Advanced hierarchical control structure for virtual oscillator-based distributed generation in multi-bus microgrids under different grid dynamics and disturbances

Tran, Trung Thai; Monti, Antonello (Thesis advisor); Raisz, David Mark (Thesis advisor)

1. Auflage. - Aachen : E.ON Energy Research Center, RWTH Aachen University (2020, 2021)
Book, Dissertation / PhD Thesis

In: E.ON Energy Research Center ; ACS, Automation of complex power systems 89
Page(s)/Article-Nr.: 1 Online-Ressource : Illustrationen, Diagramme

Dissertation, RWTH Aachen University, 2020


The power electronic-based converters, which are used as an interface between distributed generations and with the main utility grid, play a crucial role in increasing the integration of renewable energy resources into existing power systems. Thanks to advanced control technologies, power converters can provide various functionalities and a whole range of auxiliary services such as voltage, frequency regulation, power-sharing capability, power quality control, and synchronization. This dissertation's main objective is to propose an innovative control approach for power converters that make them able to overcome the most challenging technical problems associated with multi-bus microgrid operation and control, namely, voltage quality, power-sharing improvement, synchronization, and power flow control. Unlike most of the work in literature, this dissertation adopts the Virtual Oscillator Control for the primary control layer. Additional controllers are designed to utilize a unified hierarchical control structure that guarantees microgrid stability, reliability, and high quality of power generation under different operating conditions, grid disturbances, and uncertainties. Firstly, a completely decentralized control method that adopts a novel sliding modecontrol is developed to compensate for voltage distortion at the point of common coupling, which is not directly connected to the converter terminals. The proposed control method uses a high-pass filter technique to reduce the order of the final control law. This dissertation's second contribution in primary level control is the design of a new control method that consists of low order sliding mode control and modified virtual oscillator control to improve a power-sharing task of power converters in Photovoltaic-dominated (PV) microgrids. The proposed control method allows the PV system to seamlessly switch between different operation modes, namely Maximum Power Point Track (MPPT) and power-sharing modes, without the need of controller reconfiguration. The overall system stability is maintained even under various irradiation levels and load conditions. At the secondary control layer, this dissertation firstly implements a distributed control strategy based on average consensus protocol to eliminate power-sharing inaccuracy among distributed generations caused by the mismatches between the equivalent impedances seen from the outputs of distributed generations, as well as the complexity of the network topology. The proposed consensus-based distributed control algorithm uses only limited information between a distributed generation and its neighbors. As a result, the communication structure is simplified. Besides, the adverse impact of communication time-delays is analyzed based on eigenvalue based stability analysis. This analysis is used to define the time-delay margin that maintains the system stability and to design a compensator to increase the time delay margin. The second contribution of this research on the secondary control layer is an autonomous synchronization control strategy to achieve a smooth transition between operation modes of a multi-bus microgrid. The control signal is sent from the synchronization controller to one or several leading distributed generations. Then, all the remaining distributed generations cooperate in a distributed manner by using a consensus-based distributed protocol to force the voltage at the microgrid side to synchronize with the main utility grid. This dissertation's last contribution is to introduce a new degree of freedom K into the conventional control structure of Virtual Oscillator Control to improve its power dispatching capability in grid-connected mode. The analytical expression is derived to explain the relation between K factor and the converter power, voltage outputs. Two control approaches are introduced based on the theoretical analysis results to control converter power outputs to follow the desired setpoints from the upper control level. The first step of demonstrating the practical possibility of the proposed control methods is introduced in this dissertation by implementing control Hardware-in-the loop (CHiL) simulation in the Opal-RT platform.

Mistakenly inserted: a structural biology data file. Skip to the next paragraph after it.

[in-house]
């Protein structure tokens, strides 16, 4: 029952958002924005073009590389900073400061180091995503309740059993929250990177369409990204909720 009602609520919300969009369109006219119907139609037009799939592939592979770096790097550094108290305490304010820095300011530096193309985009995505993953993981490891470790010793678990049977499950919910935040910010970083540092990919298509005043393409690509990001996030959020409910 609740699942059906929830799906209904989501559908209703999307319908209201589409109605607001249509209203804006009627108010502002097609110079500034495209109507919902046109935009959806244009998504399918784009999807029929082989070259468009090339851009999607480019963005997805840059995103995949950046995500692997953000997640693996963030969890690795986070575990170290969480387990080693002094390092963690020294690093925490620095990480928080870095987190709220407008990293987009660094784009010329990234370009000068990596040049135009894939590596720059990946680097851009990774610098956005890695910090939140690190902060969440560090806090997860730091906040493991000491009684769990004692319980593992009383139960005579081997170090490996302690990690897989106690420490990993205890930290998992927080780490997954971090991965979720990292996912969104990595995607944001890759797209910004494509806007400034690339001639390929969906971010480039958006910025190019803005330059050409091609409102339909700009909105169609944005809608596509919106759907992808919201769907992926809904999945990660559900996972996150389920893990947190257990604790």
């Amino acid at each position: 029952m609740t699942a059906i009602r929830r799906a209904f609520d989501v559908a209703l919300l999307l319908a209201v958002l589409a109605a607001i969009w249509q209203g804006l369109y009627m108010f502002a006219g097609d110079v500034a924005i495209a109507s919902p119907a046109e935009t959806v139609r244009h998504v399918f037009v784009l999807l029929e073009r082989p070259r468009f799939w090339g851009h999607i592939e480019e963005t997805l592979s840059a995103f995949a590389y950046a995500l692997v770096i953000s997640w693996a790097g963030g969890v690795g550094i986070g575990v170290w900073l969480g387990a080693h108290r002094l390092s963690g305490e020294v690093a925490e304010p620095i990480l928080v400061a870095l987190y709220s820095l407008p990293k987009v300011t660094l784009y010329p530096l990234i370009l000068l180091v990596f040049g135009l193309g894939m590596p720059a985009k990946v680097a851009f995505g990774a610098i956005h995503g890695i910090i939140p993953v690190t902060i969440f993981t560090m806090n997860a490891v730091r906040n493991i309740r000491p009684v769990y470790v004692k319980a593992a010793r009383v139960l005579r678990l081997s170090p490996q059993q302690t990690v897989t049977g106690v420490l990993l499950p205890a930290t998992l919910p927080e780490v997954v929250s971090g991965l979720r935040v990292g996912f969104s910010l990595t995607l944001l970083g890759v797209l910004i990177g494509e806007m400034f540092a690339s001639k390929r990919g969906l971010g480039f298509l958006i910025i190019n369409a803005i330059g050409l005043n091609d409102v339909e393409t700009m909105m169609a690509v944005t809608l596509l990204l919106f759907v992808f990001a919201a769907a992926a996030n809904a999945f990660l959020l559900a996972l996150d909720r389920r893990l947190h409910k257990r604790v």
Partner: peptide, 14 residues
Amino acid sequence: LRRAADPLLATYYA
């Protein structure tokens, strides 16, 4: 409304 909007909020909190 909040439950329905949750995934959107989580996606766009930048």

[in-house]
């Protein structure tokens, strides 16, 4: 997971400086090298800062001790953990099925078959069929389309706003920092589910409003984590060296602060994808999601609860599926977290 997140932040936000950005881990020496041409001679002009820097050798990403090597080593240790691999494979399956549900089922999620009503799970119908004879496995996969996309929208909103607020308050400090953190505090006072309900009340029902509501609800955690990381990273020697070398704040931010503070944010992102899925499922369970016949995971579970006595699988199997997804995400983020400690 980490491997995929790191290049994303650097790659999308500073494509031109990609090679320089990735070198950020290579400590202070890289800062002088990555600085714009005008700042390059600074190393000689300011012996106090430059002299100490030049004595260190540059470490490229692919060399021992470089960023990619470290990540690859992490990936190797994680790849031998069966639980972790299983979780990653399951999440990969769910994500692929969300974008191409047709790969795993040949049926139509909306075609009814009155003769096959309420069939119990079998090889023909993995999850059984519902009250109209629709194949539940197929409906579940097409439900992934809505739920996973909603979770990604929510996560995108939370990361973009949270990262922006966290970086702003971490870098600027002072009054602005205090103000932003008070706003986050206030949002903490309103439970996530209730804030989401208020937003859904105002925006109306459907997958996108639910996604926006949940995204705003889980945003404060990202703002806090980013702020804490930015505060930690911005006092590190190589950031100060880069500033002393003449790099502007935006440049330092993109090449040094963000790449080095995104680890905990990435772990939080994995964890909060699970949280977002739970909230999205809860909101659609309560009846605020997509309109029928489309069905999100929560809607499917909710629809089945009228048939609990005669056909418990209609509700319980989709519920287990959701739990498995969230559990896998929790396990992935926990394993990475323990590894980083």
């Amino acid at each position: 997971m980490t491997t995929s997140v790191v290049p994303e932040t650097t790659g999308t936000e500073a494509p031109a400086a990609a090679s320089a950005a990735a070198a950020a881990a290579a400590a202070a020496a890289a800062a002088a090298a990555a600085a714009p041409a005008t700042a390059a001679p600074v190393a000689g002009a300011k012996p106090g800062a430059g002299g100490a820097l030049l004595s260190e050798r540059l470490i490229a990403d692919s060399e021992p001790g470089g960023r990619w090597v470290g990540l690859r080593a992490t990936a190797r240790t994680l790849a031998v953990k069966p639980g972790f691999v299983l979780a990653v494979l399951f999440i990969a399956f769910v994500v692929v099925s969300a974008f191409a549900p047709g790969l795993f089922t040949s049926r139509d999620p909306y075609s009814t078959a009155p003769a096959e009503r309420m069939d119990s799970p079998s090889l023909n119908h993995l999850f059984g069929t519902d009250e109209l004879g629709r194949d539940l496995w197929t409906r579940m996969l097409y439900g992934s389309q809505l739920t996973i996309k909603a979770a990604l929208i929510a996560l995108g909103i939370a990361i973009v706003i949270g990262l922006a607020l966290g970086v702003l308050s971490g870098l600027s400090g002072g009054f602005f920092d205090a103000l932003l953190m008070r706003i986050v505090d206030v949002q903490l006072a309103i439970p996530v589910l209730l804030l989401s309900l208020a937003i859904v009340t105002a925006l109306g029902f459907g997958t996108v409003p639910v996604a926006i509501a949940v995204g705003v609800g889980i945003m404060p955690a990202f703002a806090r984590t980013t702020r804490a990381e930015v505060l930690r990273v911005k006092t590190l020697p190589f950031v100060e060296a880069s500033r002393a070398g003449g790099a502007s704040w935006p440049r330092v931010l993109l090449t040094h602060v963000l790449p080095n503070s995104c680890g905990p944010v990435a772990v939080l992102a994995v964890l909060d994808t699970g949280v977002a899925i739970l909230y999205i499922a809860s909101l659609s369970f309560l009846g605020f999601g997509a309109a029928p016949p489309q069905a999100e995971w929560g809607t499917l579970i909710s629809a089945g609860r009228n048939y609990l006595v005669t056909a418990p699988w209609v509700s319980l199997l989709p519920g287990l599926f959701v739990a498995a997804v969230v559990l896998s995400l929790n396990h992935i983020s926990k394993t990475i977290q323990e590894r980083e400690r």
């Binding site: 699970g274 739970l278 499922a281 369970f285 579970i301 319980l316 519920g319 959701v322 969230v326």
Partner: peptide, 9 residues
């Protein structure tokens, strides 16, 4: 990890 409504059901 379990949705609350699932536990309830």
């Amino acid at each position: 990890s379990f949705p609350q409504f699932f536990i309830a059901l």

• E.ON Energy Research Center [080052]
  • Institute for Automation of Complex Power Systems [616310]